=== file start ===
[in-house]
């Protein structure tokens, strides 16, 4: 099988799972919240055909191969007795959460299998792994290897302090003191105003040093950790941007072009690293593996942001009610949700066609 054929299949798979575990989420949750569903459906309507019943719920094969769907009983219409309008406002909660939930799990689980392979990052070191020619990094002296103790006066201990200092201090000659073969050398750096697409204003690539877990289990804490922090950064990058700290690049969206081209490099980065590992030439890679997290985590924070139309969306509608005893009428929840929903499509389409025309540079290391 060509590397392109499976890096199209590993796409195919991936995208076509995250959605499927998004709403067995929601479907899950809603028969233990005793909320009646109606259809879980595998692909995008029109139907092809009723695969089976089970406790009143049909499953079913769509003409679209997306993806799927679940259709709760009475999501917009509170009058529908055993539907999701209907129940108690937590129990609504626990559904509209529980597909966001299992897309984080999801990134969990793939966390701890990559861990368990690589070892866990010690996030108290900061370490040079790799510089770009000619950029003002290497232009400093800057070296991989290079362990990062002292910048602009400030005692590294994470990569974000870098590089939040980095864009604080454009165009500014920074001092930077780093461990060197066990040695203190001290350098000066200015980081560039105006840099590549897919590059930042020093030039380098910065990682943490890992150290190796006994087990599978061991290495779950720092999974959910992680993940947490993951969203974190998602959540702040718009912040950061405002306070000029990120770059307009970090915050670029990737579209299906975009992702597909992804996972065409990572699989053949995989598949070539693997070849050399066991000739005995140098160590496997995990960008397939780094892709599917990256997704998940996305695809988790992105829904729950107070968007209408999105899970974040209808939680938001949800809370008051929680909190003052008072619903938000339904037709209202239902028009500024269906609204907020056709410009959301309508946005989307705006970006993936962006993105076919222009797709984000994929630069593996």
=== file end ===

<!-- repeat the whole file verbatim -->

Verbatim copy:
[in-house]
């Protein structure tokens, strides 16, 4: 099988799972919240055909191969007795959460299998792994290897302090003191105003040093950790941007072009690293593996942001009610949700066609 054929299949798979575990989420949750569903459906309507019943719920094969769907009983219409309008406002909660939930799990689980392979990052070191020619990094002296103790006066201990200092201090000659073969050398750096697409204003690539877990289990804490922090950064990058700290690049969206081209490099980065590992030439890679997290985590924070139309969306509608005893009428929840929903499509389409025309540079290391 060509590397392109499976890096199209590993796409195919991936995208076509995250959605499927998004709403067995929601479907899950809603028969233990005793909320009646109606259809879980595998692909995008029109139907092809009723695969089976089970406790009143049909499953079913769509003409679209997306993806799927679940259709709760009475999501917009509170009058529908055993539907999701209907129940108690937590129990609504626990559904509209529980597909966001299992897309984080999801990134969990793939966390701890990559861990368990690589070892866990010690996030108290900061370490040079790799510089770009000619950029003002290497232009400093800057070296991989290079362990990062002292910048602009400030005692590294994470990569974000870098590089939040980095864009604080454009165009500014920074001092930077780093461990060197066990040695203190001290350098000066200015980081560039105006840099590549897919590059930042020093030039380098910065990682943490890992150290190796006994087990599978061991290495779950720092999974959910992680993940947490993951969203974190998602959540702040718009912040950061405002306070000029990120770059307009970090915050670029990737579209299906975009992702597909992804996972065409990572699989053949995989598949070539693997070849050399066991000739005995140098160590496997995990960008397939780094892709599917990256997704998940996305695809988790992105829904729950107070968007209408999105899970974040209808939680938001949800809370008051929680909190003052008072619903938000339904037709209202239902028009500024269906609204907020056709410009959301309508946005989307705006970006993936962006993105076919222009797709984000994929630069593996």